Friday, October 19, 2012

'Bad 25' Is About the Man and His Music, not the Madness

SPIKE Lee had a mandate from both the Michael Jackson Estate and Sony Music Entertainment: focus on the music and the art.

He followed through, and the result is “Bad 25,” the documentary that celebrates the 25th anniversary of Michael Jackson's iconic “Bad” album. It recounts the making of the album one track at a time.

The film makes its U.S. debut today in New York only for a weeklong run at the Loews AMC Theater (66 Third Ave). It will make its TV debut at 9:30 p.m. EST on 22 Nov. on ABC.

While “Bad 25” does not focus on the personal problems and peccadilloes of the King of Pop, his eccentricity comes through. For it is impossible to be that talented and not have a few oddball habits, and MJ – God love ’im – had his share. In his defense, however, he was at the time of the "Bad" recording trying to top (or come close) “Thriller,” which is still the biggest selling album of all time. Imagine the pressure!

“Bad 25” had its world premiere at the 69th Venice Film Festival on 31 Aug., exactly 25 years after the release of the “Bad” album and two days after the anniversary of MJ’s birthday. The film, which had its North American premiere at the 37th Toronto Film Festival, reveals a number of details that fans will savor. (See video above of SL at a press conference after the Venice screening of “Bad 25” and a video clip from the documentary below)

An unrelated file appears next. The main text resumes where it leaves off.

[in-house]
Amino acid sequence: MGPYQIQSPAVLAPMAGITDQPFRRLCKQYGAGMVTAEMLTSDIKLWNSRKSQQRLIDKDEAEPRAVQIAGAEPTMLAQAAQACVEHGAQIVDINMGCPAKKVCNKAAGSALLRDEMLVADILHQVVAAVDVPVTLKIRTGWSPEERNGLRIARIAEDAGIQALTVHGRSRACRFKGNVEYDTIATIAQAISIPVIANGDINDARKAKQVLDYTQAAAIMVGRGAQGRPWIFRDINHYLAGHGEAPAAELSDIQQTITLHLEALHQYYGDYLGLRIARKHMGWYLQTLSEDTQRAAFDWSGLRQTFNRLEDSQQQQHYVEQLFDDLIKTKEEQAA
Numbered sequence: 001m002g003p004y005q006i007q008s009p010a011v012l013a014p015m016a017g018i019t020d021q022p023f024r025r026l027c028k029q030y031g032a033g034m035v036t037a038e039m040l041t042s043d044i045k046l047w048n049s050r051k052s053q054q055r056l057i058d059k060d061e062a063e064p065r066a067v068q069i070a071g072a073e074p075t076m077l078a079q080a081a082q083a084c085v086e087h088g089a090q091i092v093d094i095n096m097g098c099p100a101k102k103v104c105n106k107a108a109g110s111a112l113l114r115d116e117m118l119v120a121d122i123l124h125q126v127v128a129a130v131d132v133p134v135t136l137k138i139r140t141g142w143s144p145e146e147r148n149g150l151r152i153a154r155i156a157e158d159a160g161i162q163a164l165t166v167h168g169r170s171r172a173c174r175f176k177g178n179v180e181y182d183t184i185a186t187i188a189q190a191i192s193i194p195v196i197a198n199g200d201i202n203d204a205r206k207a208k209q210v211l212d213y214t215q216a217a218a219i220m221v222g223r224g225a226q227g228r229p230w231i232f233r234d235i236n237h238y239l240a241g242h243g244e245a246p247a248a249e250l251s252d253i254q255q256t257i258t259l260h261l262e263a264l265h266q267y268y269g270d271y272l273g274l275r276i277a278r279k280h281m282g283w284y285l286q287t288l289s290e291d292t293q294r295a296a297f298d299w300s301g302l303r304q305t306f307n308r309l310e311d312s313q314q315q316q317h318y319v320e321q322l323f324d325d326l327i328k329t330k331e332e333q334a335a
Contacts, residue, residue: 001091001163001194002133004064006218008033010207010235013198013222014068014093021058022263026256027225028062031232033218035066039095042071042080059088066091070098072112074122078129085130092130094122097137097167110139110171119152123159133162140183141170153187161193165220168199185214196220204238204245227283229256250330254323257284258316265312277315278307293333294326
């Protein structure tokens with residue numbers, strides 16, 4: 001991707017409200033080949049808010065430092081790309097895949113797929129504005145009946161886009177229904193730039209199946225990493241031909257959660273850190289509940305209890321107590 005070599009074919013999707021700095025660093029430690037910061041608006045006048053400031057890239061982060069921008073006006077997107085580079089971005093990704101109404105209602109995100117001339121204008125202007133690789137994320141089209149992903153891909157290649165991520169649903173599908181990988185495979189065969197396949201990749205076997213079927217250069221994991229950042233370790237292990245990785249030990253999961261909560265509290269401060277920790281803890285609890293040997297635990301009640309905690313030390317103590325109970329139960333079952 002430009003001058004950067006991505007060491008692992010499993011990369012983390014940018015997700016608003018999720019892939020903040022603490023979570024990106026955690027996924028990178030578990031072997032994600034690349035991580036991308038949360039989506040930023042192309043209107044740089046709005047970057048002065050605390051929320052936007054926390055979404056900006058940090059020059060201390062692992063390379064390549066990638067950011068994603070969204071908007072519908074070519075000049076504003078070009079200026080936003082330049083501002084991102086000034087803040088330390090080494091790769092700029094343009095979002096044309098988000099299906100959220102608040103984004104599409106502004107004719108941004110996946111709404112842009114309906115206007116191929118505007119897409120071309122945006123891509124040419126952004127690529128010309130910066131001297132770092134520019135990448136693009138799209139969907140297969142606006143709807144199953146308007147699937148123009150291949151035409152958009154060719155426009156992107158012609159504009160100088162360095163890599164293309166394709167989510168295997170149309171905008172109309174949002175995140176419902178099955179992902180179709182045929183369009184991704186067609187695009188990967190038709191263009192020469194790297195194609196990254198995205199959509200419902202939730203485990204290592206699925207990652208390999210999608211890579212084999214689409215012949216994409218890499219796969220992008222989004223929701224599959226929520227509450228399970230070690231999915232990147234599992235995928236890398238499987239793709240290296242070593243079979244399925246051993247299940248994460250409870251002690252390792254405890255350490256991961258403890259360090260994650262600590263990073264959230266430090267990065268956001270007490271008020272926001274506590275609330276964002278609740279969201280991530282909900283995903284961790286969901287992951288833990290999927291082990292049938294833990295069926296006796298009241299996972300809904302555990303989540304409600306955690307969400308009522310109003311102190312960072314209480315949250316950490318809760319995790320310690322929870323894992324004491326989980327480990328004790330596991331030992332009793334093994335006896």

Without a doubt, SL is an MJ fan, and he doesn’t pretend otherwise. In fact, he admits it. Only one year older, he wanted to be MJ and the Jackson Five. His adulation, notwithstanding, doesn’t mean his film is revisionist propaganda. It is not, though at moments it feels a bit too adulatory. As SL says during the Venice press conference, “I think there were too many years, we – and I’m gonna include myself – we concentrated on stuff about Michael Jackson that had nothing to do with the music. This is a time to just concentrate on the music of Michael Jackson. It was a chance to dig into his creative process.”

The director also speaks with many who were influenced by MJ, as well as collaborators, including Quincy Jones and Martin Scorsese, who directed the “Bad” video.

Put the focus on the artistry – which even MJ’s most ardent detractors can’t deny – and the result can easily be “Bad 25.” To help tell the “Bad” story, SL uses never-before-seen footage – a huge benefit of having the cooperation of both the estate and the record company.

“We all are blessed with the final work but it is rare that you get to see how something is put together,” SL shared with his audience in Venice. “We don't see the blood, sweat and tears – all of the work that goes into how the masters work.”

Now, we do.

“Bad 25” will be showing from 26 Oct. through 2 Nov. at the Chinese 6 Theaters (6801 Hollywood Blvd.) in Hollywood.

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